Neverending Nightmares

How Neverending Nightmares diminished its creator's nightmares

Sales figures revealed. New game teased.

Matt Gilgenbach's semi-autobiographic mental madhouse Neverending Nightmares was borne of tragedy. After Gilgenbach and his development partner Justin Wilder spent $140K and four years of 40-hour work weeks on the rhythm-action shmup hybrid Retro/Grade, the game sold so poorly that it failed to break even. This led Gilgenbach into a deep depression, so he decided to make a game about his horrifying intrusive thoughts called Neverending Nightmares. It's a risky proposition to make a game about your darkest, most disturbing thoughts, but by creating it Gilgenbach managed to save himself from the funk that he was in, both mentally and financially.

Psychological horror game Neverending Nightmares sets a September release date

Neverending Nightmares - the metaphorically autobiographical tale of Retro/Grade developer Matt Gilgenbach's battle with depression and OCD - is coming to Steam and Ouya on 26th September.

Neverending Nightmares was initially a Kickstarter project where it squeaked past its $99K goal with $106,722 last September. It was part of Ouya's Free the Games Fund promotion, where the console manufacturer matched the Kickstarter backers, so the game's budget was actually double that.

Hopefully it will do well as Gilgenbach's previous effort, Retro/Grade, cost $140K to make over the course of several years and failed to break even. Although it was the deep depression that resulted in that brought about Gilgenbach's inspiration for Neverending Nightmares, so if this takes off it will have all been worth it.

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Neverending Nightmares Kickstarter has a happy ending

More like Imminently Ending Wet Dream, amirite?

Retro/Grade developer Matt Gilgenbach's disarmingly personal psychological horror affair, Neverending Nightmares, managed to squeak past its $99K Kickstarter goal with $106,722 mere hours before the deadline.

Neverending Nightmares developer Matt Gilgenbach spent four years working on his rhythm-based side-scroller Retro/Grade only for it to sell so poorly that it didn't recoup its costs. However, during that time the indie dev created a game that was far more successful. It didn't make him a penny, but it did land him a wife.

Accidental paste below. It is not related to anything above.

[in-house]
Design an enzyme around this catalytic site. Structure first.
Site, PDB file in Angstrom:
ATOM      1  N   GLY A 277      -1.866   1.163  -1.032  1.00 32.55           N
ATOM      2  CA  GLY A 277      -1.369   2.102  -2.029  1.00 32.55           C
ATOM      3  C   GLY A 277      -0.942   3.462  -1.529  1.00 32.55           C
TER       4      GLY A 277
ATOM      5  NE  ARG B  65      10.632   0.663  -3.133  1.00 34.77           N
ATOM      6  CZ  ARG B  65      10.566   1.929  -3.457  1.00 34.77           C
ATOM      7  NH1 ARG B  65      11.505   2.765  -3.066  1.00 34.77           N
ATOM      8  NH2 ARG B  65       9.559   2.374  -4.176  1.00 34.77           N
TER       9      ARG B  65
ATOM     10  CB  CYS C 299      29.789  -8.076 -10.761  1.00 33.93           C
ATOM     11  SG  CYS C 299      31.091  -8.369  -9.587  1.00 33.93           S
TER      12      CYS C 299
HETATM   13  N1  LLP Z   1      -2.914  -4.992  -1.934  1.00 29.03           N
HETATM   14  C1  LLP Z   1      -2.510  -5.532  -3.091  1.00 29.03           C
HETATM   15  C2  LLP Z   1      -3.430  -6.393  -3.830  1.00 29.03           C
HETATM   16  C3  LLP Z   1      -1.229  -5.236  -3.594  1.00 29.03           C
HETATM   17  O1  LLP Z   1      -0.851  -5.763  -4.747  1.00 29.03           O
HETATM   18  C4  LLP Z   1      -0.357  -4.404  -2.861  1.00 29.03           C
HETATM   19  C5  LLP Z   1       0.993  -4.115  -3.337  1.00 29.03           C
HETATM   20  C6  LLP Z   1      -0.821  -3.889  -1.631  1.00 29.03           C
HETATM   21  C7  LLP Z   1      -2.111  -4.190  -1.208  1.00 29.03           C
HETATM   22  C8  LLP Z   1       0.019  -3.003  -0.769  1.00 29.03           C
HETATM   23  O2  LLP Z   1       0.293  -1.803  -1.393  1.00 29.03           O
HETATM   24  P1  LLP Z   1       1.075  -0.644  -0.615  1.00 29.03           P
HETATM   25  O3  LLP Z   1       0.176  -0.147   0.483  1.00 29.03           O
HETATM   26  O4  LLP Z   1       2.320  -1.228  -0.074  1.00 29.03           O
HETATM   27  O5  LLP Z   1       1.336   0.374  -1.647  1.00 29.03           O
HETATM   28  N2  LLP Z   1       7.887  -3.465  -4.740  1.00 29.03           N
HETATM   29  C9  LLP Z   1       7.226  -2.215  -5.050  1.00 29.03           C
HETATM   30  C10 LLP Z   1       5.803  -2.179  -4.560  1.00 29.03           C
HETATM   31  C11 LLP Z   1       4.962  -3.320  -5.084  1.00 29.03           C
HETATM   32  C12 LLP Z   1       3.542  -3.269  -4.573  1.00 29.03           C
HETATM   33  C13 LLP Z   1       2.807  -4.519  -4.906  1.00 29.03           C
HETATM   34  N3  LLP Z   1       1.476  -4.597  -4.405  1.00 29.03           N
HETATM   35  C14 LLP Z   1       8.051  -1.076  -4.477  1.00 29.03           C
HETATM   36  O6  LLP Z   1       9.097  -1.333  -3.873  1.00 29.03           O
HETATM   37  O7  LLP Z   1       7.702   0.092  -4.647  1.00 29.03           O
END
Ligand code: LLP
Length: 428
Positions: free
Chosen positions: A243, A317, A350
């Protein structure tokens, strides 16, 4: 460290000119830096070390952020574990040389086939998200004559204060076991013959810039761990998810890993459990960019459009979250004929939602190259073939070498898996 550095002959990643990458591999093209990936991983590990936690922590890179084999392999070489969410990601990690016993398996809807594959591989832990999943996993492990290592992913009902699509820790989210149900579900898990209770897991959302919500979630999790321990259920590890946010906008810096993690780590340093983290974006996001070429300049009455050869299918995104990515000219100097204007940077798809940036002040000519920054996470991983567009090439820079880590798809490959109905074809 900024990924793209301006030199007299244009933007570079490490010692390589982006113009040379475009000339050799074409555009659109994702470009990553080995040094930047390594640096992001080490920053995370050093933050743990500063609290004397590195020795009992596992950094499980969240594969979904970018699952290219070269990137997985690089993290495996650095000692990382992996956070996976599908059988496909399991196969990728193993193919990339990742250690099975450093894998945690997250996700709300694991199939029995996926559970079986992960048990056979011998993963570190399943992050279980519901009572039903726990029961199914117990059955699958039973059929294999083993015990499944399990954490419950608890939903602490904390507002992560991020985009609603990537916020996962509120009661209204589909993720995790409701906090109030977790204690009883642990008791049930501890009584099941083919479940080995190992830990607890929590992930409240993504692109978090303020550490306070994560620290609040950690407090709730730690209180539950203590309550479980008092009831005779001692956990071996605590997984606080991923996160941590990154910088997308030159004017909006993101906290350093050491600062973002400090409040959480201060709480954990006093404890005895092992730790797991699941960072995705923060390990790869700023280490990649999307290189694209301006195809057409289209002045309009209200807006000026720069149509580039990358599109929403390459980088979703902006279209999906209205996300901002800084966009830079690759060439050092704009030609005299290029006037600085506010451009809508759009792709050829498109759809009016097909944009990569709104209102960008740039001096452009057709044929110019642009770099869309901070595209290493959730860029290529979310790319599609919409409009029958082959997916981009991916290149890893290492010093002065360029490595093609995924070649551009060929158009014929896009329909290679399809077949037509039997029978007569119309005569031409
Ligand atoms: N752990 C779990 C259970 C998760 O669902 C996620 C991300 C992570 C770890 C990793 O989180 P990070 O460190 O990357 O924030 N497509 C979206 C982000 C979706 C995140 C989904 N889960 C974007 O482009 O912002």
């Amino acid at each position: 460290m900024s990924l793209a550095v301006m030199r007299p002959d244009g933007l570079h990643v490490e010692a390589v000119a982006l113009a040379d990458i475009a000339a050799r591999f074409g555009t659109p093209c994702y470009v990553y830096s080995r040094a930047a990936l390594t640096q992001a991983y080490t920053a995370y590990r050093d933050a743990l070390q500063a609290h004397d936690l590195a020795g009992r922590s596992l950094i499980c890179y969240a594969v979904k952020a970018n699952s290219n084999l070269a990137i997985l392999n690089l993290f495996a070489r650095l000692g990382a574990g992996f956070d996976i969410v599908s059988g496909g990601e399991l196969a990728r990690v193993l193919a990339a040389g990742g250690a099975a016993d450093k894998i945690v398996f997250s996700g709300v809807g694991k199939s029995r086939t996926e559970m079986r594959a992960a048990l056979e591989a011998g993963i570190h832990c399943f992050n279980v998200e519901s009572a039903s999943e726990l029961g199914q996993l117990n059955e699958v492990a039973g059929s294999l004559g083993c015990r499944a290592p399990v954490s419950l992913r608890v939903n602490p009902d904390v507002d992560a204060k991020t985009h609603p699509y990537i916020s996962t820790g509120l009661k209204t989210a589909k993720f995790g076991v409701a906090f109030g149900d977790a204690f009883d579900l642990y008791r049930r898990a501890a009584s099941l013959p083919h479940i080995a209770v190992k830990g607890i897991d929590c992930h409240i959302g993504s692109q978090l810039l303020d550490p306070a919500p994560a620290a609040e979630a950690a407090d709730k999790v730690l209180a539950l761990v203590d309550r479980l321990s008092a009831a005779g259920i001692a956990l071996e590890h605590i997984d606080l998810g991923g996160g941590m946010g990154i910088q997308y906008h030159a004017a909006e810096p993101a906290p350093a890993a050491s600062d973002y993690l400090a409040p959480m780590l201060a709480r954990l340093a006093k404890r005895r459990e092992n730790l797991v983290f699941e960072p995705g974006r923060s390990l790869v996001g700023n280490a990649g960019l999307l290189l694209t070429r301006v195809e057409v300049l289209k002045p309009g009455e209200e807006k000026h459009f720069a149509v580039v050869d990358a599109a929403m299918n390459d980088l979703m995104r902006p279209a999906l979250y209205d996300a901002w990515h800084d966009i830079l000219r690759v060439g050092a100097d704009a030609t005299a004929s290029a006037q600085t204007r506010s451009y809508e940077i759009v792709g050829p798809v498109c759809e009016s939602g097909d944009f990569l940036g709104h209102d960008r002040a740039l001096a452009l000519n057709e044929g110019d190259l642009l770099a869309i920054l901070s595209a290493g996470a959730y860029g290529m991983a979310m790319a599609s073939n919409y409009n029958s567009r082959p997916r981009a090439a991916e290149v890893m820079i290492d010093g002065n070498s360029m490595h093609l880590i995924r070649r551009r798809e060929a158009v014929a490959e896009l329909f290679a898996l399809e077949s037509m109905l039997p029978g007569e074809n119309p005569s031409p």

Last month I wrote about Retro/Grade creator Matt Gilgenbach's upcoming title, Neverending Nightmares, a psychological horror story based on the developer's battles with obsessive-compulsive disorder and depression. Now Gilgenbach has launched a Kickstarter to fund this ambitious, personal project about a man who wades through an endless onslught of nightmares, never being sure what's real and what's in his head.

Retro/Grade dev announces personal psychological horror game Neverending Nightmares

Retro/Grade dev announces personal psychological horror game Neverending Nightmares

"Raising awareness about my struggles, I think, helps other people."

Retro/Grade developer Matt Gilgenbach has announced that his next title will be a psychological horror game entitled Neverending Nightmares.

As detailed by Polygon, Neverending Nightmares will follow the exploits of a man who keeps waking up from one horrific nightmare only to find himself in another. The title emanates from Gilgenbach's struggles with depression and OCD after he and his then-development partner Justin Wilder spent $140K and 40 hours a week for four years working on the rhythm-based side-scrolling adventure Retro/Grade, only for it to sell so poorly that the devs couldn't even recoup their loss.

With Wilder having left the pair's two-man studio of 24 Caret Games for a position at Secret Agent Clank developer High Impact Games, Gilgenbach has now started his own studio Infinitap Games. Neverending Nightmares will be the indie outfit's first game and Retro/Grade artist Joe Grabowski is doing the visuals - although you'd never know it looking at how aesthetically dissimilar they are. Gilgenbach's old dev buddy from his days at Heavy Iron Studios, Daniel Sass, is joining the indie team as well.

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